I recently turned to my wife and asked:  Is this how it’s always going to be?  Unemployment every three or four years?  I’m having a hard enough time getting employers to consider me at the age of 55.  How is this supposed to improve when I’m 60 and 65 and 70?  I could certainly follow in the footsteps of those who have just given up and retired.  Although that prospect does make me somewhat uneasy, I could certainly consider embarking upon the next phase of life if not for the little matter of how we would pay for our food, clothing and shelter.  Yesterday, we gave five dollars to a down and out guy holding a “homeless and hungry” sign, hunkered down with his dog at the exit from a fast food drive-through lane.  Will this be me five years from now?

I think about the phrase “there, but for the grace of God, go I.”  While I have always given this sentiment its due, it has heretofore taken on a decidedly theoretical cast.  Now it’s getting personal.

Rather than throw myself a pity party, it is imperative that I take action to avoid ending up like the man hoping some kind soul will buy him a hamburger to share with his dog, or like our own homeless guy, who comes to the door of the parsonage begging to use the rest room so that he does not have to risk violating his probation by peeing in public.

In the current economy, middle managers are a dime a dozen.  Should my wife and I pick up and move 500 or 1,000 or 2,000 miles away to another state, leaving our families behind so that I can take a job paying less than half of my previous earnings?  I am inclined to answer in the negative.  Then again, I may not see it that way six months from now.  At some point, anything becomes better than nothing.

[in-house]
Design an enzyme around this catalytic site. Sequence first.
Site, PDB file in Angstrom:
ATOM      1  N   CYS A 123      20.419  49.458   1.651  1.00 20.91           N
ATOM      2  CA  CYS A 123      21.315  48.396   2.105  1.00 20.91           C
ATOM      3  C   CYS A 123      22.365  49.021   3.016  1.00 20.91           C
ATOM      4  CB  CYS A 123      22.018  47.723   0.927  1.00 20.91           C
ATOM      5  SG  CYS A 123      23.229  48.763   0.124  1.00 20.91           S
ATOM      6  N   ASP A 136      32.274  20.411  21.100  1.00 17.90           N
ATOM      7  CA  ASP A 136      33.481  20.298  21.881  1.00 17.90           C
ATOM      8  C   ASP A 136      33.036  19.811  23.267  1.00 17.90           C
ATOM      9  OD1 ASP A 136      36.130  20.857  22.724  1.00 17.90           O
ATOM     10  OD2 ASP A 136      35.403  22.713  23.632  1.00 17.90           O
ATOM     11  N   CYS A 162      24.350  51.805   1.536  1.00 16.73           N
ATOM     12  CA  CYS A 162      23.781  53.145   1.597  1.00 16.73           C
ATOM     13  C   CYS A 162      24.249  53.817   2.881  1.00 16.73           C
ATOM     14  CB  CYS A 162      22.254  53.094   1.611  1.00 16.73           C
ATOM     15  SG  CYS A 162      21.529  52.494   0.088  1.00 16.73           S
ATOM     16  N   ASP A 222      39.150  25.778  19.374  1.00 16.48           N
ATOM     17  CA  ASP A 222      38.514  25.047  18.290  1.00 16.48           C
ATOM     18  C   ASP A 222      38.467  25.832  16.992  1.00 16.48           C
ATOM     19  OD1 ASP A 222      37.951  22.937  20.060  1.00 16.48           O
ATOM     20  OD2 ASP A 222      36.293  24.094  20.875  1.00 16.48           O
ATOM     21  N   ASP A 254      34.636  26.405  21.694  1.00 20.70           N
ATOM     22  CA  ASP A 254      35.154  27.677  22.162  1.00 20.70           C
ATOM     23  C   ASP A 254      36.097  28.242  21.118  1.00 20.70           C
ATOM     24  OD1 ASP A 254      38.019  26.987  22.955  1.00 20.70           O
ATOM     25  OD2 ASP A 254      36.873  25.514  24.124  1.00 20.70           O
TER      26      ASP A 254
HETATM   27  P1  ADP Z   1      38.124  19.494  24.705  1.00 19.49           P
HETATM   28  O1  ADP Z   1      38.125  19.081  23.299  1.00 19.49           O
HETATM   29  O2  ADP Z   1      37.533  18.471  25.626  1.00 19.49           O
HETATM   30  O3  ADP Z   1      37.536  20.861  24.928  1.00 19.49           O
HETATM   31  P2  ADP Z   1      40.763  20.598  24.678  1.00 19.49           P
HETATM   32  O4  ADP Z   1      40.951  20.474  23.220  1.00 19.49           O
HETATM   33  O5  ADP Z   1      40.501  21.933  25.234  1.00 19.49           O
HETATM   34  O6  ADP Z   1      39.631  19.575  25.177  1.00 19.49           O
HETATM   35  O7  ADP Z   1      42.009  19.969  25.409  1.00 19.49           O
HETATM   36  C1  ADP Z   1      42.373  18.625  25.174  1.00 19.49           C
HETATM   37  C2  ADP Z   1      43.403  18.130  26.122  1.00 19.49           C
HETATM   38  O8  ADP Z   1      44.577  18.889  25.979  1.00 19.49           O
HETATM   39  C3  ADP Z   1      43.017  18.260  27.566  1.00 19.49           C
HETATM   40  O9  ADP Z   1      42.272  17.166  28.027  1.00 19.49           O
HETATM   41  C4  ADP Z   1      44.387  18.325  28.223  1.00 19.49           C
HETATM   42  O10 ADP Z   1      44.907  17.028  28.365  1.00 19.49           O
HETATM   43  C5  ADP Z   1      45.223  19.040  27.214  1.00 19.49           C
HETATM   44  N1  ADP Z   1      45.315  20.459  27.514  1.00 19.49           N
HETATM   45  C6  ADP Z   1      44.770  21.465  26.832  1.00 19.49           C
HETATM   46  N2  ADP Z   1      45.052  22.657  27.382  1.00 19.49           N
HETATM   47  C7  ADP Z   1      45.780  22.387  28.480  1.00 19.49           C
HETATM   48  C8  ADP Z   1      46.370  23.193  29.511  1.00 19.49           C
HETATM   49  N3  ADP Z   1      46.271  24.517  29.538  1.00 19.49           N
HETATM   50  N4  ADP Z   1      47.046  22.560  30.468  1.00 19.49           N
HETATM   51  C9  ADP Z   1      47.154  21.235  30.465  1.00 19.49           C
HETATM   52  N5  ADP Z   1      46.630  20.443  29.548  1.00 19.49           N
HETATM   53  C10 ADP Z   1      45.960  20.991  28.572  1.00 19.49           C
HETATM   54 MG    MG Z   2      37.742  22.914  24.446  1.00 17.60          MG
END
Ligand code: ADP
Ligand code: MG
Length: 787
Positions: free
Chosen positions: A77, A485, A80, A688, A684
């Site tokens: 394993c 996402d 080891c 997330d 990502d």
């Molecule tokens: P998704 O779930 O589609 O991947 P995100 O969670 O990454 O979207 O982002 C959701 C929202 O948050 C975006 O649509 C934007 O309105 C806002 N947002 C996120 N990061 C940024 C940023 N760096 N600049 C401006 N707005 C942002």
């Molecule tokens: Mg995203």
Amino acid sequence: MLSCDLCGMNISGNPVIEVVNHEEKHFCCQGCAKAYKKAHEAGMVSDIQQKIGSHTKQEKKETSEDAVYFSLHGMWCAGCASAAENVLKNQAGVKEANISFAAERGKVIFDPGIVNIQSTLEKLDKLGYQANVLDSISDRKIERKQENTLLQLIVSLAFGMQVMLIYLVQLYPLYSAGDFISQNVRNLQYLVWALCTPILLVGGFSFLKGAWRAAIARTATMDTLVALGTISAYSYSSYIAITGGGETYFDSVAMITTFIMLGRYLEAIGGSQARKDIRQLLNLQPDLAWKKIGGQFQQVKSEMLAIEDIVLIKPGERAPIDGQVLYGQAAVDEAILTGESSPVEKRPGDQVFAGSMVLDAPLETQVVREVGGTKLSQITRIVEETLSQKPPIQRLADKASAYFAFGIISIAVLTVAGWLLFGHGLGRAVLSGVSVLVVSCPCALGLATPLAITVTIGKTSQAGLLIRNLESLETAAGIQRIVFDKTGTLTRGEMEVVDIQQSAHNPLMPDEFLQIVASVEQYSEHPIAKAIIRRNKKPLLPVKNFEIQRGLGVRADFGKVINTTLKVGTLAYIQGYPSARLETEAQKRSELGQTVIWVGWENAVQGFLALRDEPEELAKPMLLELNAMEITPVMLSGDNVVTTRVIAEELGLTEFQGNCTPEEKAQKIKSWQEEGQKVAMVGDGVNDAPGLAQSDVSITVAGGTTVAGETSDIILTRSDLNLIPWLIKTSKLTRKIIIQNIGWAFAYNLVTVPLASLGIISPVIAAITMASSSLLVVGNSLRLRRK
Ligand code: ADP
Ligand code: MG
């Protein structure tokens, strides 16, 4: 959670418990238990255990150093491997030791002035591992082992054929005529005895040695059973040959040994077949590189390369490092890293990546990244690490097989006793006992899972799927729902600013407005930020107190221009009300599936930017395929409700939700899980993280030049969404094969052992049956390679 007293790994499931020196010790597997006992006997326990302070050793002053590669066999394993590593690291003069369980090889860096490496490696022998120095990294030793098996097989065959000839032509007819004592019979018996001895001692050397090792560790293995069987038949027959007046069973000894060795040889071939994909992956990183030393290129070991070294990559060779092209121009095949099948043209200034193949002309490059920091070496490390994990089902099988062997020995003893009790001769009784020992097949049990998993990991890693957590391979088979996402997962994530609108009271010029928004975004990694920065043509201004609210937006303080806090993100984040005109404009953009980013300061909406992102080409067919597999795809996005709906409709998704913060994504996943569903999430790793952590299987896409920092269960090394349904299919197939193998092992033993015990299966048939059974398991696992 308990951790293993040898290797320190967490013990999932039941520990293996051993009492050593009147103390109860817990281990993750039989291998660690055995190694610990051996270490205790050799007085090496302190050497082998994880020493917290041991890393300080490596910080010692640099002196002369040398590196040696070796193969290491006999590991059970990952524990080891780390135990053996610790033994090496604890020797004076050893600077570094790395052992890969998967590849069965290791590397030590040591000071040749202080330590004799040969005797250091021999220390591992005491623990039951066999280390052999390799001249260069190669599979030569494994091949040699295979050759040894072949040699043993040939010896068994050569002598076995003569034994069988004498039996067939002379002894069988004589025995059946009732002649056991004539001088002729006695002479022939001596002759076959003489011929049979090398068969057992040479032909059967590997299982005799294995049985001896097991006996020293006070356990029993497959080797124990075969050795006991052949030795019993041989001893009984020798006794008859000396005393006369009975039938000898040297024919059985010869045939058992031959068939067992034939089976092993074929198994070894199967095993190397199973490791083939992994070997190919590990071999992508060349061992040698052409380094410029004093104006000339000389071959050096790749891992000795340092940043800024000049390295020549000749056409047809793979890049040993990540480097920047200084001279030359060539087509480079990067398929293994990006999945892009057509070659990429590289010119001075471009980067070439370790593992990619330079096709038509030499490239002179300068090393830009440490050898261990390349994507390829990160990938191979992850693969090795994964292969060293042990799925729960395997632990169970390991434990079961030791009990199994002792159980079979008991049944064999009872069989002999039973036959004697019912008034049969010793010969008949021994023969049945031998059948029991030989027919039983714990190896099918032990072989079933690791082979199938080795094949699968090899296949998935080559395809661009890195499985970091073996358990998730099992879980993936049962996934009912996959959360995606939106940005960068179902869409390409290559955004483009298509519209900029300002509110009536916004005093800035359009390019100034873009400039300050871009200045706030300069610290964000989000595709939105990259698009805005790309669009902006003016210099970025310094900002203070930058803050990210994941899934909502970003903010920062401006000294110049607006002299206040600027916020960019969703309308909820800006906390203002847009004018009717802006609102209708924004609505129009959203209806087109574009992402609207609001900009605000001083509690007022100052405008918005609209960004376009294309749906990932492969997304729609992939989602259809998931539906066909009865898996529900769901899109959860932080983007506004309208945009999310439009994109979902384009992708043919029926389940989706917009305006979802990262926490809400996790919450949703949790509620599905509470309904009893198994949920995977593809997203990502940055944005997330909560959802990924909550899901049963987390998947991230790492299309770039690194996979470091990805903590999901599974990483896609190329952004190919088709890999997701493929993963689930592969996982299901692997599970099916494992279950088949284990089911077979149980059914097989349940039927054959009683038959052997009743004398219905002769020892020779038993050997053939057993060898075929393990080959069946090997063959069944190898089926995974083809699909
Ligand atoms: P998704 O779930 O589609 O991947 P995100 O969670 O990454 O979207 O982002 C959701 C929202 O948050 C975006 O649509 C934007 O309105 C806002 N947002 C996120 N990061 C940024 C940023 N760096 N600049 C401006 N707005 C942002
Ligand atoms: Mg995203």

I am already starting to see a subtle change in “what I feel I can live with.”  My wife and I had initially decided to do our best to stay in northern California to avoid placing long distances between us and family as we had to do previously.  Last time I played the unemployment game, I applied for jobs in 27 states before being hired right here in California, albeit an 11 hour drive away.  I’d been avoiding applying out of state this time around.  Until recently, that is.  I have now applied for positions in four other states and hope I can cap it at that.  But I know it’s unlikely.

Late Wednesday afternoon, I was delighted to receive an email from an employer to whom I had applied just a few days before.  The employer just wanted to say that my application had been received and that I would be notified if selected for an interview.  This may seem like a whole lot of nothing.  To me, however, it was wonderful!  Most of my job applications are submitted either online or by mail, depending on the employer’s requirements.  Upwards of 95% of the time, I hear not one word in reply.  Ever.  You have to wonder whether your application even arrived.  So it brought a smile to my face that an employer bothered to take the time to let me know that my application is being considered.  Perhaps my appreciation of this gesture indicates that I have lowered my standards.  At some point, however, you start appreciating the crumbs.

Today I received another email from the same employer that had written on Wednesday, this time informing me that there is actually no supervisor opening at this time (a position that had been advertised and that I applied for even though it would have been a demotion and would have entailed moving nine hours away) and would I perhaps be interested in being considered for one of their clerk vacancies?